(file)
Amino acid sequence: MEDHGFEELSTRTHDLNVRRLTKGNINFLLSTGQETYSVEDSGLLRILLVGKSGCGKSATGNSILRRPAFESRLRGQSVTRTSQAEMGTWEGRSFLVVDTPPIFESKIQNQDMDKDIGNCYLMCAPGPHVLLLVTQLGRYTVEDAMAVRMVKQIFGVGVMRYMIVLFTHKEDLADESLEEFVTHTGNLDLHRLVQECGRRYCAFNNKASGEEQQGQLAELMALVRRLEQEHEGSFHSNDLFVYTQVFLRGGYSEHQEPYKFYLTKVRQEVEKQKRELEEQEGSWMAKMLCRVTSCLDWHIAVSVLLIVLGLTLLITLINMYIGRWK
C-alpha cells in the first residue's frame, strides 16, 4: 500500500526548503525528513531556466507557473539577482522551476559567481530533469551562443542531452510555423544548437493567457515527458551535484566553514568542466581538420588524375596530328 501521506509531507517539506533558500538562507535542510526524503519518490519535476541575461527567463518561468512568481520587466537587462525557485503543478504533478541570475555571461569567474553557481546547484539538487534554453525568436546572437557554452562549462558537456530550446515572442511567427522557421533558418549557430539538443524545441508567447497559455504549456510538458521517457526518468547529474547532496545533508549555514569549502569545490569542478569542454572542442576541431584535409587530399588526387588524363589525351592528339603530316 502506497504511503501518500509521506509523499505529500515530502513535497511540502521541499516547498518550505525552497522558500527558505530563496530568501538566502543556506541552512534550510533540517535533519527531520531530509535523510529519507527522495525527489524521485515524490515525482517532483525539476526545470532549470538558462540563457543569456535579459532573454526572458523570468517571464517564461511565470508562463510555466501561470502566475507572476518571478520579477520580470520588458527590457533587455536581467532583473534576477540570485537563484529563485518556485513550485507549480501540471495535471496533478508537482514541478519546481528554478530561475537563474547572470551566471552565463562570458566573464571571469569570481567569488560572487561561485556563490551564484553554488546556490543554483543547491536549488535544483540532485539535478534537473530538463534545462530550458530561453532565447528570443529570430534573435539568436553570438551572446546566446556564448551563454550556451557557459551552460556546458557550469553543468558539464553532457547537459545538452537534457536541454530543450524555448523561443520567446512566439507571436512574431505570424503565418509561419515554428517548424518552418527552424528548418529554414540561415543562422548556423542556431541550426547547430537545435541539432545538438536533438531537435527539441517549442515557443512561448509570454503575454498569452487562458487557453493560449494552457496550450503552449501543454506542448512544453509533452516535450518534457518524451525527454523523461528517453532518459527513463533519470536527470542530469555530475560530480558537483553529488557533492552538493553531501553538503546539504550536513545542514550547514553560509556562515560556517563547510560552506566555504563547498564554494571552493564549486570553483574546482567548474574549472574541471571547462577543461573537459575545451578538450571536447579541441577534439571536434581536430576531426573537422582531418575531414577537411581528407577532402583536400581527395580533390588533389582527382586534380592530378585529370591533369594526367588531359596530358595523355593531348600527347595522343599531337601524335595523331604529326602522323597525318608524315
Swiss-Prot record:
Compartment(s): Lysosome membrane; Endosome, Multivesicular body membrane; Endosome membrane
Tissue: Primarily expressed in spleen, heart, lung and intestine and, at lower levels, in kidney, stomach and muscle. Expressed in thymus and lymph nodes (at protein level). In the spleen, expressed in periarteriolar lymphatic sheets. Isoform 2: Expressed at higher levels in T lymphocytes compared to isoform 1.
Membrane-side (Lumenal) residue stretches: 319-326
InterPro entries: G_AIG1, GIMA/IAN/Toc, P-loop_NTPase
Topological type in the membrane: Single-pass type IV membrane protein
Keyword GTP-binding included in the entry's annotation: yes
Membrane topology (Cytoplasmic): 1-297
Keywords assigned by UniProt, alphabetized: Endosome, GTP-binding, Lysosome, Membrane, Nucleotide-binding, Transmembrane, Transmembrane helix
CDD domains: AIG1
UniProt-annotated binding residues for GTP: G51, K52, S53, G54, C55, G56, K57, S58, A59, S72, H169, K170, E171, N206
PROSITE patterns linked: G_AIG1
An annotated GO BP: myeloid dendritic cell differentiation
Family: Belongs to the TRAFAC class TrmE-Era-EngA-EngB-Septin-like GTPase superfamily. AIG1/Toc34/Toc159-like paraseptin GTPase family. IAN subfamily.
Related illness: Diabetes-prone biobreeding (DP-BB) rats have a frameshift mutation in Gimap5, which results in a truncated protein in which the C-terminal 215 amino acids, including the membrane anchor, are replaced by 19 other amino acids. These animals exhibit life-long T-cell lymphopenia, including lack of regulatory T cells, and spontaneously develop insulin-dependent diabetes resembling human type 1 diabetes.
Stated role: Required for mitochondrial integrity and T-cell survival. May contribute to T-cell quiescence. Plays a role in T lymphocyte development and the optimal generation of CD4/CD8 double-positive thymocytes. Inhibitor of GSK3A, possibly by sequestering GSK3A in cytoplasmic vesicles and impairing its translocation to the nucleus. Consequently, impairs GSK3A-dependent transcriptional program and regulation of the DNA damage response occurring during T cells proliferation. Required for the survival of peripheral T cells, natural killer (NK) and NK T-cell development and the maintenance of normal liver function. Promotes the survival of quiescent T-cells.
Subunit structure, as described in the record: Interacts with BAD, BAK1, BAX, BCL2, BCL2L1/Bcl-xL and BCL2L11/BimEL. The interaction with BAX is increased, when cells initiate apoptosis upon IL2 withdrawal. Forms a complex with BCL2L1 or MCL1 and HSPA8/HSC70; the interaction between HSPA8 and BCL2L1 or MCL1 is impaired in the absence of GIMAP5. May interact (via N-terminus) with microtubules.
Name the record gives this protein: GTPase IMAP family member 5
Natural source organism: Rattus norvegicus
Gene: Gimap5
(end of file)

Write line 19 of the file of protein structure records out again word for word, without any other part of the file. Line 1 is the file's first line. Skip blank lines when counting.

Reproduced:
Subunit structure, as described in the record: Interacts with BAD, BAK1, BAX, BCL2, BCL2L1/Bcl-xL and BCL2L11/BimEL. The interaction with BAX is increased, when cells initiate apoptosis upon IL2 withdrawal. Forms a complex with BCL2L1 or MCL1 and HSPA8/HSC70; the interaction between HSPA8 and BCL2L1 or MCL1 is impaired in the absence of GIMAP5. May interact (via N-terminus) with microtubules.